bicyclic
adjective Etymology: International Scientific Vocabulary Date: circa 1909 1. consisting of or arranged in two cycles 2. containing two usually fused rings in the structure of the molecule

New Collegiate Dictionary. 2001.

Look at other dictionaries:

  • Bicyclic — Bi*cyc lic, a. Relating to bicycles. [1913 Webster] …   The Collaborative International Dictionary of English

  • bicyclic — [bī sīk′lik] adj. 1. of or forming two cycles 2. Chem. containing only two fused rings in the molecule: Also bicyclical …   English World dictionary

  • bicyclic — Cyclic Cyc lic (s?k l?k or s? kl?k), Cyclical Cyc lic*al (s?k l? kal), a. [Cf. F. cycluque, Gr. kykliko s, fr. ky klos See {Cycle}.] 1. Of or pertaining to a cycle or circle; moving in cycles; as, cyclical time. Coleridge. [1913 Webster] 2.… …   The Collaborative International Dictionary of English

  • bicyclic — 1. adjective a) Having two cycles. b) Having two rings of atoms in the molecule; the rings may be fused, as in naphthalene, or separate, as in …   Wiktionary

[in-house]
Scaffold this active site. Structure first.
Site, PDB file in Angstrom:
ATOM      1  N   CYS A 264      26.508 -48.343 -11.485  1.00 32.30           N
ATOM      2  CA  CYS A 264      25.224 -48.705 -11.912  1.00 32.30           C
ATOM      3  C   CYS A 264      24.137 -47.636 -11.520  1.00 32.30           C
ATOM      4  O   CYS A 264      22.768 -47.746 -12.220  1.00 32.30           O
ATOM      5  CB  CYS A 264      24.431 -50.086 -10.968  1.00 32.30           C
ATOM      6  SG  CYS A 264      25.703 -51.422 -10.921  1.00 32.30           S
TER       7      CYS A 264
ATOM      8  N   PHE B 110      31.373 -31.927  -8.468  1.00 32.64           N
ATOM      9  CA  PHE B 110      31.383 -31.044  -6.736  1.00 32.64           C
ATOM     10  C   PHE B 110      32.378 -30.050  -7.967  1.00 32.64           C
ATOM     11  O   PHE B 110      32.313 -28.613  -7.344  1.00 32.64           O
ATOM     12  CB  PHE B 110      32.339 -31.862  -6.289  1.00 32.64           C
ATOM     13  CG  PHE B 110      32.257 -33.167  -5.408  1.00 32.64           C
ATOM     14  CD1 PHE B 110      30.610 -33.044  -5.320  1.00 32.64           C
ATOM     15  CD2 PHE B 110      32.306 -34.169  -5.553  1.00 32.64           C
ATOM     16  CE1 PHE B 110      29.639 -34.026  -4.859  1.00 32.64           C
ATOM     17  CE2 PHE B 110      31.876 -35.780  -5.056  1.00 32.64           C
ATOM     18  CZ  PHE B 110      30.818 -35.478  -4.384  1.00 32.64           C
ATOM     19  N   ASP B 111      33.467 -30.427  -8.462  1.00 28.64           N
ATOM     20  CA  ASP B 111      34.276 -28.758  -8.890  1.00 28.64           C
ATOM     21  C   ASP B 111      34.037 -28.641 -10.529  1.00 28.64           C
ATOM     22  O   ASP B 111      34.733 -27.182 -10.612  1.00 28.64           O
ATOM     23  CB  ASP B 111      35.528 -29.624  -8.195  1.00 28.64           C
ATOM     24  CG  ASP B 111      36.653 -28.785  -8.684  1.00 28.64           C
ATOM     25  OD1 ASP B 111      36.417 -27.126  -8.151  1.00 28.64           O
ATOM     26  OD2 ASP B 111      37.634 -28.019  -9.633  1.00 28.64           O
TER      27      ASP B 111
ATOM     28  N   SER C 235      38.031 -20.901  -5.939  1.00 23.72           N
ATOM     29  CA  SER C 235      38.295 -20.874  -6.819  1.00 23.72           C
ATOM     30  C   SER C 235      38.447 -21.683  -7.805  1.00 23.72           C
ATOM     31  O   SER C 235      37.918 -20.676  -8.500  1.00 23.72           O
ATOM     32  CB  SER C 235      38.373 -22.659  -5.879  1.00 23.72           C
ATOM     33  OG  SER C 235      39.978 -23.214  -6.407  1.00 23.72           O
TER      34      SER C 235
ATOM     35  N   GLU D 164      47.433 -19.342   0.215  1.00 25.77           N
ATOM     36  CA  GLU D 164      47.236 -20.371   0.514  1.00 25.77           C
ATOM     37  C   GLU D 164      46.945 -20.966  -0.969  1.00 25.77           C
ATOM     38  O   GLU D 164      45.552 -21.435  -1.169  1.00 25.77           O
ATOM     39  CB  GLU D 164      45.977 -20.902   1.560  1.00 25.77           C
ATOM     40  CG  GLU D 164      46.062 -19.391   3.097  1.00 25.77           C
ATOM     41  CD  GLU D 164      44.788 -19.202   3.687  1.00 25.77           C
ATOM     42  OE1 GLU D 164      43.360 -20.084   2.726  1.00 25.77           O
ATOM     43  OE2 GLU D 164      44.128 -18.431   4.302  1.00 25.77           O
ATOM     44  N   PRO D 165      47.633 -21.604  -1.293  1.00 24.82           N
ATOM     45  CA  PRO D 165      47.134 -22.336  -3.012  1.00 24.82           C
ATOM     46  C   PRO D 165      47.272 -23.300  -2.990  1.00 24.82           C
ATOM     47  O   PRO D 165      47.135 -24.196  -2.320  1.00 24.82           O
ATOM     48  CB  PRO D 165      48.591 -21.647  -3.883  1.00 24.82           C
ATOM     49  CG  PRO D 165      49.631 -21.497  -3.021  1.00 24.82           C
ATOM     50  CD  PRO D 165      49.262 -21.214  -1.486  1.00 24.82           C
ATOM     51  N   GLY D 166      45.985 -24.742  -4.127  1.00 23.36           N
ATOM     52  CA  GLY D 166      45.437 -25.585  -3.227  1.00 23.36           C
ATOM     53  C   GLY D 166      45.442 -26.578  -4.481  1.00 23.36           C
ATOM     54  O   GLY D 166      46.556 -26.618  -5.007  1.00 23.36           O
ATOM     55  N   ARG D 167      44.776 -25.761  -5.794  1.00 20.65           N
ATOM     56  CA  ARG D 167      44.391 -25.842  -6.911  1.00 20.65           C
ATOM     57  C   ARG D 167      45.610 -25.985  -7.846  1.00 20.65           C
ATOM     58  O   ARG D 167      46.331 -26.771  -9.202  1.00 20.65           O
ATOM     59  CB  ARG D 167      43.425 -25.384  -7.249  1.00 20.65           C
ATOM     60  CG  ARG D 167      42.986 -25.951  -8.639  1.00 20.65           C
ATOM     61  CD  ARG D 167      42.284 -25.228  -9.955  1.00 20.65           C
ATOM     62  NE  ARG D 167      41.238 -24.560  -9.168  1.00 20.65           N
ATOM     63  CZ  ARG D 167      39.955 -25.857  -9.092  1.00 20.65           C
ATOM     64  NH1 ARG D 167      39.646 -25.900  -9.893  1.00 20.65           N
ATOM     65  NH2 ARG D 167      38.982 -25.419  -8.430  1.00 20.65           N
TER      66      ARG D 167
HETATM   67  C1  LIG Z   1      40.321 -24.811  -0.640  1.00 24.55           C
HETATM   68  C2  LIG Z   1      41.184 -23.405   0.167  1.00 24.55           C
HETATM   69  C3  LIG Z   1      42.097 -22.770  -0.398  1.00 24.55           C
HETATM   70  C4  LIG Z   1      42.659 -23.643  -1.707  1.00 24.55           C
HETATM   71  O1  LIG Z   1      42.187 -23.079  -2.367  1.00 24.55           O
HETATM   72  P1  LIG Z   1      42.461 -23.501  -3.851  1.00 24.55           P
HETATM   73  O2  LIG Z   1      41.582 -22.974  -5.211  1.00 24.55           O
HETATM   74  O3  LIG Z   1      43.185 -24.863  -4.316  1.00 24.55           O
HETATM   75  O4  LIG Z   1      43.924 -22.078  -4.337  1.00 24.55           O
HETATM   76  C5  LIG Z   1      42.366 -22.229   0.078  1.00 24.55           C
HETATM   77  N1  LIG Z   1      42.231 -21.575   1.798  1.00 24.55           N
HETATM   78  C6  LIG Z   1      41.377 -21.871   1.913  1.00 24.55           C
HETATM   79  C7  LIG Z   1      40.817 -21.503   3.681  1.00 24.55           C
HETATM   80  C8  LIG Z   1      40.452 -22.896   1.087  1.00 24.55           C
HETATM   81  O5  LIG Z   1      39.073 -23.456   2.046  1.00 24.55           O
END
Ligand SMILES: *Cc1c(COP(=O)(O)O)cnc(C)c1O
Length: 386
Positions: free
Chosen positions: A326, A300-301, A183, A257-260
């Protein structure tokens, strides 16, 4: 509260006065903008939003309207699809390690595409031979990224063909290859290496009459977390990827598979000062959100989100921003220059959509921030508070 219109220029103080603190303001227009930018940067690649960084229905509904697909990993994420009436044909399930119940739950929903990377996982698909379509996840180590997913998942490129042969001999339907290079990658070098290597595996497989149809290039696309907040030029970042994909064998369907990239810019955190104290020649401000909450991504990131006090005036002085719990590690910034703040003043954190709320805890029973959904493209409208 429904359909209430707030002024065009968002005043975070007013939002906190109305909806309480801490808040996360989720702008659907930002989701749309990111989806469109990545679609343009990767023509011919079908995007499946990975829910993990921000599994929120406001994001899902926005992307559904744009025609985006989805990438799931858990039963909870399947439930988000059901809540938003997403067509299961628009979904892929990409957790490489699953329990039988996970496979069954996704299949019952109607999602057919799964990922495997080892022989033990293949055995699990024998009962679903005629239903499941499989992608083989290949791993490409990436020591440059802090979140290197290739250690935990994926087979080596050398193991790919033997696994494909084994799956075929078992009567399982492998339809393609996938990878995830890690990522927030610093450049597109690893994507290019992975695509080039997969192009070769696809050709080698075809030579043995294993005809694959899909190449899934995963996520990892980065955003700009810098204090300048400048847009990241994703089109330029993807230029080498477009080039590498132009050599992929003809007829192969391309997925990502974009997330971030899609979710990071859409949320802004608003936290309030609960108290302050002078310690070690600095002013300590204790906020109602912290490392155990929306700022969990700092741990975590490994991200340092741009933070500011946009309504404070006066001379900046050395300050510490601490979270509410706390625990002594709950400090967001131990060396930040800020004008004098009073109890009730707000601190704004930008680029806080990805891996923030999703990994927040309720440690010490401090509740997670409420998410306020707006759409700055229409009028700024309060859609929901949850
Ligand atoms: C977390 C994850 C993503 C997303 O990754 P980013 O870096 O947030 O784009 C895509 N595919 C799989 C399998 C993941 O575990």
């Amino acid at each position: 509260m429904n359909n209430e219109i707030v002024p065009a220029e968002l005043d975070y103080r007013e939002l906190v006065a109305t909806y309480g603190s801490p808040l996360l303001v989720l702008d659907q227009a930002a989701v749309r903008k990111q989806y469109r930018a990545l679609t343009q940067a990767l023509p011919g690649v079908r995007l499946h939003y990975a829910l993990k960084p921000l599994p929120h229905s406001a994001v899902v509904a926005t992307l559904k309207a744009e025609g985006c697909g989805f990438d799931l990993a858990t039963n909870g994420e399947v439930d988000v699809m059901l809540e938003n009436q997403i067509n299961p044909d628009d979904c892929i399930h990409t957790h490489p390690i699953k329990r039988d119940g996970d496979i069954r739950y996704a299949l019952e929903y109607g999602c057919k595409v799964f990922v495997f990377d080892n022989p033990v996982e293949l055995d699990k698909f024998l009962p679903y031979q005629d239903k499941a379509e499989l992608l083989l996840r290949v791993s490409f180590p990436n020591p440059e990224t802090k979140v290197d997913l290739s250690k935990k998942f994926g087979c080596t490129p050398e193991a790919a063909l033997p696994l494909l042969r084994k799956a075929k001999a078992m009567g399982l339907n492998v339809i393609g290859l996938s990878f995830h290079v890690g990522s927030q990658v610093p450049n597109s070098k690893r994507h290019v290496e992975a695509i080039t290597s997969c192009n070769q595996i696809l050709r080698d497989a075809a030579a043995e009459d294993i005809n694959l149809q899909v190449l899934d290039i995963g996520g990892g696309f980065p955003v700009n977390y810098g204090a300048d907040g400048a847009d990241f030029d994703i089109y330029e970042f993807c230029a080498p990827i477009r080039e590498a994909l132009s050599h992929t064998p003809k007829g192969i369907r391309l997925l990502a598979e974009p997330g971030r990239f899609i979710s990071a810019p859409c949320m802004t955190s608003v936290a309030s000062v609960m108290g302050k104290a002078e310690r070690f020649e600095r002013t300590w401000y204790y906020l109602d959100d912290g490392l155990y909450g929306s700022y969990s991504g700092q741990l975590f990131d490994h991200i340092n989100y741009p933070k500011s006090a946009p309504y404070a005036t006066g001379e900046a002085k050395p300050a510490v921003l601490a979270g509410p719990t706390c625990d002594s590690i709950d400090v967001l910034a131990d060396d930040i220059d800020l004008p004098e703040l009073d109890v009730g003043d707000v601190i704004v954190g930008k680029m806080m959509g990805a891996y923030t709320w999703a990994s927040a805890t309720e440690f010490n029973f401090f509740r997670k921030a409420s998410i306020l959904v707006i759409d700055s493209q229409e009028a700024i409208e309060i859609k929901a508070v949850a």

• bicyclic — /buy suy klik, sik lik/, adj. 1. consisting of or having two cycles or circles. 2. Bot. in two whorls, as the stamens of a flower. 3. pertaining to or resembling a bicycle. Also, bicyclical. [1875 80; BI 1 + CYCLIC] * * * …   Universalium

  • bicyclic — bi·cy·clic ( )bī sī klik, sik lik adj containing two usu. fused rings in the structure of the molecule …   Medical dictionary

  • bicyclic — adj. with two circles or rings; (Chemistry) having two rings of atoms (describing a molecule); (Botany) comprised of or in two different spiral or circular arrangements of leaves or flowers …   English contemporary dictionary

  • bicyclic — [bʌɪ sʌɪklɪk, sɪk ] adjective Chemistry having two fused rings of atoms in its molecule …   English new terms dictionary

  • bicyclic — bi·cy·clic …   English syllables

  • bicyclic — bi•cy•clic [[t]baɪˈsaɪ klɪk, ˈsɪk lɪk[/t]] adj. 1) Also, bi•cy′cli•cal. consisting of or having two cycles or circles. 2) chem. containing two rings of atoms in a molecule • Etymology: 1875–80 …   From formal English to slang

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